I recently came across a really interesting article about Firefox 3’s upcoming UI refresh. That may sound boring to some, but to a interface snob like myself, knowing the Mozilla team is hard at work customizing the underlying XUL to allow for deeper system integration makes me a very happy person. One of the main problems with Firefox, especially on the Mac, is that it feels out of place, slow, and pretty ugly compared to other system applications. I’m a Camino user for this very reason, but I’d be lying if I said I didn’t care about some of the fantastic extensions for the Firefox client (Camino, while based off of the same rendering engine as Firefox, does not support extensions). If they are able to modify the UI to match 10.5 (and Vista, XP, Ubuntu, etc) and speed things up a bit in the process, I think a lot of people who are Camino users might switch to Firefox – myself included. Developers are already working on making things like submit buttons, checkboxes and textareas respect the OS look and feel, so by the time version 3 ships, we could be in good shape.
Why is UI consistency important? From the author:
Fitting in to the visual appearance of the native operating system may seem like a reasonably obvious decision, but it certainly isn’t one that every cross-platform application or windowing toolkit makes. For instance RealPlayer (image) uses a custom appearance across operating systems, as do applications built using Java’s Swing windowing toolkit (image). Personally I think a unified cross platform UI results in applications that at best feel foreign everywhere, and at worst don’t even feel like real applications.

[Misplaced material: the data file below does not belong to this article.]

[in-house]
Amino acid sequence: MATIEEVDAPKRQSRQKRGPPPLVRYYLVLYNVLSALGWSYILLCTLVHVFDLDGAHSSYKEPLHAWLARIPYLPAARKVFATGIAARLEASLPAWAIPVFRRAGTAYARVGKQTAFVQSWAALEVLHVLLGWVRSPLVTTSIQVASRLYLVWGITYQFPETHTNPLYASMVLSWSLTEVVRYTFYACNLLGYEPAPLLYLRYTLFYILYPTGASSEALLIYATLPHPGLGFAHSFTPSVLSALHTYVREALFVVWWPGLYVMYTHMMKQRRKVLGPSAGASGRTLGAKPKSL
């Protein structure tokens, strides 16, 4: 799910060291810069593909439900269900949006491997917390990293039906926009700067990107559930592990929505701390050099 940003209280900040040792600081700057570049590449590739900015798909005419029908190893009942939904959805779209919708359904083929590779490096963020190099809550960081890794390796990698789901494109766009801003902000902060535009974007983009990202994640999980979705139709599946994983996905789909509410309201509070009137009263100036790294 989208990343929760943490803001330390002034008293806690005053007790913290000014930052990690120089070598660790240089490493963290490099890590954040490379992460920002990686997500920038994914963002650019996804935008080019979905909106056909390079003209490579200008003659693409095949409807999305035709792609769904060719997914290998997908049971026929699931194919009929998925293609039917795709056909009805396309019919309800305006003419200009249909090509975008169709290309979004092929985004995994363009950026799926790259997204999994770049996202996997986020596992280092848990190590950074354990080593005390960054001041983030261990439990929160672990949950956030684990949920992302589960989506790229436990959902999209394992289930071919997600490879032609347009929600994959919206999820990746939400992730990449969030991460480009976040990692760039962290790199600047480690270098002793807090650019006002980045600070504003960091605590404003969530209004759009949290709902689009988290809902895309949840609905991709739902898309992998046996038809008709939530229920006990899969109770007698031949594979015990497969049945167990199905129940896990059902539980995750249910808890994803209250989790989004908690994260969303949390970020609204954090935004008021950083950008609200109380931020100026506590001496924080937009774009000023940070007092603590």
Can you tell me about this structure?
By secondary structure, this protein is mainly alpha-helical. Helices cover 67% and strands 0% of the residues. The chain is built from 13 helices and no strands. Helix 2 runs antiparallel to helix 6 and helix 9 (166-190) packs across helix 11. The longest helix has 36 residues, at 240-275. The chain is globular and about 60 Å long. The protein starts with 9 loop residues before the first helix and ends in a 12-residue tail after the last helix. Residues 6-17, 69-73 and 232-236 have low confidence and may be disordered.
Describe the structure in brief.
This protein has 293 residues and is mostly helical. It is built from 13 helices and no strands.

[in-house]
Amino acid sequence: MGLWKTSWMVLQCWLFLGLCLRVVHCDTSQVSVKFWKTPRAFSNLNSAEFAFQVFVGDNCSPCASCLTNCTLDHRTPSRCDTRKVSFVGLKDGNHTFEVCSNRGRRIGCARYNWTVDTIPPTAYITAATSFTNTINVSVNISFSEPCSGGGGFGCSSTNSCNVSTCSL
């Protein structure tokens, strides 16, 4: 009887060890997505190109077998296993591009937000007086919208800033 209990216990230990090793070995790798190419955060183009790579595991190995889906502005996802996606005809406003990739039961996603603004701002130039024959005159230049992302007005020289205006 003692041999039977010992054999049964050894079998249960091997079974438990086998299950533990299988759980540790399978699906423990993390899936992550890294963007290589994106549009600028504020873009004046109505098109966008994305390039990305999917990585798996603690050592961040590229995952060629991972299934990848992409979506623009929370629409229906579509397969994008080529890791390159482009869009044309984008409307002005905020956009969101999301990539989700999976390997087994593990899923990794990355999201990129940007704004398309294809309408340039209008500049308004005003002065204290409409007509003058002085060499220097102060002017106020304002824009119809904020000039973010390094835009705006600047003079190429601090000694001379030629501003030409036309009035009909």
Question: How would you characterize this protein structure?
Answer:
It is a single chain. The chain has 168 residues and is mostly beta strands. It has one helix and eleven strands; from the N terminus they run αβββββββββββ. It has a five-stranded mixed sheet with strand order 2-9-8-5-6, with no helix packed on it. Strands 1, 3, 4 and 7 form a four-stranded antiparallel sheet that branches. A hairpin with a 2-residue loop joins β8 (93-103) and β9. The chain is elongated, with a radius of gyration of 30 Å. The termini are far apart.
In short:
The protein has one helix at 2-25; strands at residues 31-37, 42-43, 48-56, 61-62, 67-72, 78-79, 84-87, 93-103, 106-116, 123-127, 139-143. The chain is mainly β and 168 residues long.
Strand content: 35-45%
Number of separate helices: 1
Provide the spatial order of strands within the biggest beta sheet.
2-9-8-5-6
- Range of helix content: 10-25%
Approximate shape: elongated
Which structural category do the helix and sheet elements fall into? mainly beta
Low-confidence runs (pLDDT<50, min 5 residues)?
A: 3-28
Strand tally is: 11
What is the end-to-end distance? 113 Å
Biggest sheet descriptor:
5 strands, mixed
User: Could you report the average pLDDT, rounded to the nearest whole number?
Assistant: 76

He hits the nail on the head when he mentions that when using a default skin, at best the application looks out of place everywhere it goes. At worst, it looks like a flimsy Java app that nobody really wants to use. It makes the application easier to use and feel comfortable with when it fits into the operating system’s UI paradigm. This will be a big step in that direction.
I think it really depends on how far they go with it, and what parts they focus on, coupled with the limitations of Firefox as a non-native app. As long as we’re dealing with a cross-platform application, it’s pretty doubtful it will ever match the application (not rendering) speed of a Safari or Camino. But based on the few screenshots, it is looking promising. Firefox 3 is still a ways off, so we’ll see how this turns out.
Read more about the UI refresh here.